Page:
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About Keigo Hirakawa

Keigo Hirakawa joined University of Dayton as Assistant Professor of Electrical and Computer Engineering in 2010. Prior to UD, he was with Harvard University as a Research Associate of Department of Statistics and School of Engineering and Applied Sciences. He simultaneously earned Ph.D in Electrical and Computer Engineering from Cornell University and M.M. in Jazz Performance from New England Conservatory of Music. He received his B.S. in Electrical Engineering from Princeton University. Previously, he was with HP/Agilent Technologies’ camera division as an ASIC engineer.
Prof. Hirakawa has published in the literature of engineering, computer science, and statistics. His research focuses on algorithmic development of image processing, computer vision, biomedical imaging, and sensor designs. He is best known for his expertise in digital camera designs, and his contributions span color science, estimation theory, statistical modeling, and wavelet theory.
He has received a number of recognitions, including a paper award from IEEE and keynote speeches at IS&T CGIV, PCSJ-IMPS, and CSAJ, and IAPR CCIW. He has strong track record of collaborating with industry partners. He is an associate editor for SPIE/IS&T Journal of Electronic Imaging, and serves on the organization committees of IEEE ICIP 2012, SPIE EI/VIPC 2010-11, and OSA DIPA 2010.

Organizing Committee, IEEE ICIP 2012, OSA DIPA 2010
Senior Member, IEEE
Associate Editor, SPIE Journal of Electronic Imaging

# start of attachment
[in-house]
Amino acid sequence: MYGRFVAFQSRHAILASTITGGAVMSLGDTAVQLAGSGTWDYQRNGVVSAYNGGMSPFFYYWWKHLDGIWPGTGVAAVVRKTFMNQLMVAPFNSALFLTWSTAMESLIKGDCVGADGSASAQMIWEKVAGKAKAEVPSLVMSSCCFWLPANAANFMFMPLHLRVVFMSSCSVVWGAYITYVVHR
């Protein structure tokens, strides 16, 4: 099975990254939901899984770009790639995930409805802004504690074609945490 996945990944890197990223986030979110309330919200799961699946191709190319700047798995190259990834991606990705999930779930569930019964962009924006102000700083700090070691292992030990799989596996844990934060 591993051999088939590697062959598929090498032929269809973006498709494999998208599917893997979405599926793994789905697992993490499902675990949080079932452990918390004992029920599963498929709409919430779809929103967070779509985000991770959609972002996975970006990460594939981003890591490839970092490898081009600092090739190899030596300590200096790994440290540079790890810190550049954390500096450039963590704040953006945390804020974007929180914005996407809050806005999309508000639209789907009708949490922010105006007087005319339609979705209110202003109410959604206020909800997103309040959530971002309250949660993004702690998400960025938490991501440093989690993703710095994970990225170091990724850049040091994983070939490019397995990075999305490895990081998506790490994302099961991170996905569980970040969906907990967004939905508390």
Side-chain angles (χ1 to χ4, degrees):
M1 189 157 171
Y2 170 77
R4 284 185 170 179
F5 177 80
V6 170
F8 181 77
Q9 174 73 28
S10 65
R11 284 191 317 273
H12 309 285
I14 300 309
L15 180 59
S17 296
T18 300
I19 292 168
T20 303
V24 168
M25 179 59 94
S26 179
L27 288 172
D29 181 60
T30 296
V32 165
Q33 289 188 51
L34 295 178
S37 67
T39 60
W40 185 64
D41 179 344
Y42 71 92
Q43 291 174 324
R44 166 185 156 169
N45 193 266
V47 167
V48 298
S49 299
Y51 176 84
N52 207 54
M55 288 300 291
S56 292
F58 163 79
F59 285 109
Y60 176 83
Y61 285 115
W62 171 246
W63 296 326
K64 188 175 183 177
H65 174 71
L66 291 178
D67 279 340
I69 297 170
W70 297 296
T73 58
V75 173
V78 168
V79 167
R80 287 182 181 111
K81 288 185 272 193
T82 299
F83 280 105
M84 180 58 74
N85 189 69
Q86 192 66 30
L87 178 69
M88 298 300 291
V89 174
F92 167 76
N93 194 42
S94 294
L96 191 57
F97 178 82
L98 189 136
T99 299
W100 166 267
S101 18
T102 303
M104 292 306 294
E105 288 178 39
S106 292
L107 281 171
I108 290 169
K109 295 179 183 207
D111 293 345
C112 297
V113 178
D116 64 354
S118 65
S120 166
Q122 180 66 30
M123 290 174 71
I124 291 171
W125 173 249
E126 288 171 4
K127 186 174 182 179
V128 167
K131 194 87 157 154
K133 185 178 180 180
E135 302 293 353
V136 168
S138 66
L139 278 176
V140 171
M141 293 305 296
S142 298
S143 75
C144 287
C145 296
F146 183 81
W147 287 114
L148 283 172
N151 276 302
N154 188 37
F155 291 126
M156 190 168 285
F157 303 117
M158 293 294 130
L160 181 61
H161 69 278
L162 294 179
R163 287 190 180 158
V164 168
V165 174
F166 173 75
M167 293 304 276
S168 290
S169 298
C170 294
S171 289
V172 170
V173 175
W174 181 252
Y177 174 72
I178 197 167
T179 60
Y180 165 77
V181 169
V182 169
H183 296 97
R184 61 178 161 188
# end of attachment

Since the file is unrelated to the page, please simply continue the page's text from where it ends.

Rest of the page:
• Image Processing
Our work concentrates on development of robust algorithms for contemporary digital cameras, 3D displays, video processing, and SAR imagery. We are primarily concerned with recovering a signal from (noise) corrupted undersampled data while relying heavily on statistical models.
• Computer Vision
We develop new techniques to recover color and geometry of the scene from a given image. We exploit spatial, spectral, and BRDF models to reduce the dimensionality of image signals and to extract meaningful information.
• Biomedical Imaging
Computed tomography scans and flourescence microscopy are examples of noninvasive medical procedures whose performance is severely limited by the availability of photons. We provide novel techniques for estimating Poisson intensity, the underlying data that we are after.
• Sensors
Color, multispectral, and infrared image sensors are subject to spatial, temporal, and dynamic range resolution trade-offs due to hardware limitations. We invented a breakthrough technology to significantly boost the resolution and throughput using existing sensor hardware.


2009 - Present Assistant Professor, University of Dayton Department of Electrical and Computer Engineering

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Honors and Awards

  • Docomo USA Labs Innovative Paper Award, IEEE ICIP 2007
  • Keynote Speaker, IS&T CGIV 2008, PCSJ 2009, CASJ 2009
  • Lockheed Martin Fellowship Award 2001


  • ECE 215


2006 MM, New England Conservatory of Music ‐ Jazz Studies and Piano Performance
2005 PhD, Cornell University ‐ Electrical and Computer Engineering
2003 MS, Cornell University ‐ Electrical and Computer Engineering
2000 BS, Princeton University ‐ Electrical Engineering

Contact Information

Location: Kettering Laboratories Room 241C
Phone: 937-229-3100